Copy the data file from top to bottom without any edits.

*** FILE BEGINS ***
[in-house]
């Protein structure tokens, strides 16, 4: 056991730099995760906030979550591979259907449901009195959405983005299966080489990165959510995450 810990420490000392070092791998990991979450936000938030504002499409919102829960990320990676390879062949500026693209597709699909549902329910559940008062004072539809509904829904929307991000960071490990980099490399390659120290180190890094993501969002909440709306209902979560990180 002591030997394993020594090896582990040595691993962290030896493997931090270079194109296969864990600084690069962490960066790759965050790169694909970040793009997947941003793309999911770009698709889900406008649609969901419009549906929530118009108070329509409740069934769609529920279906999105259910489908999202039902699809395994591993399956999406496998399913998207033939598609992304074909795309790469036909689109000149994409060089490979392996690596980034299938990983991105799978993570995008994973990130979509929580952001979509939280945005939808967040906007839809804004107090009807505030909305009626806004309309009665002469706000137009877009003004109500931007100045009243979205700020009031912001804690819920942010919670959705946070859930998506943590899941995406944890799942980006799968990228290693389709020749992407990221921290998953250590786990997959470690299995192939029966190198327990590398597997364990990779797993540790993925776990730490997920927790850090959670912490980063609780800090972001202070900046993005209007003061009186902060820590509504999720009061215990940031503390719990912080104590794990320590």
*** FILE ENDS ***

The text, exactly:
[in-house]
């Protein structure tokens, strides 16, 4: 056991730099995760906030979550591979259907449901009195959405983005299966080489990165959510995450 810990420490000392070092791998990991979450936000938030504002499409919102829960990320990676390879062949500026693209597709699909549902329910559940008062004072539809509904829904929307991000960071490990980099490399390659120290180190890094993501969002909440709306209902979560990180 002591030997394993020594090896582990040595691993962290030896493997931090270079194109296969864990600084690069962490960066790759965050790169694909970040793009997947941003793309999911770009698709889900406008649609969901419009549906929530118009108070329509409740069934769609529920279906999105259910489908999202039902699809395994591993399956999406496998399913998207033939598609992304074909795309790469036909689109000149994409060089490979392996690596980034299938990983991105799978993570995008994973990130979509929580952001979509939280945005939808967040906007839809804004107090009807505030909305009626806004309309009665002469706000137009877009003004109500931007100045009243979205700020009031912001804690819920942010919670959705946070859930998506943590899941995406944890799942980006799968990228290693389709020749992407990221921290998953250590786990997959470690299995192939029966190198327990590398597997364990990779797993540790993925776990730490997920927790850090959670912490980063609780800090972001202070900046993005209007003061009186902060820590509504999720009061215990940031503390719990912080104590794990320590």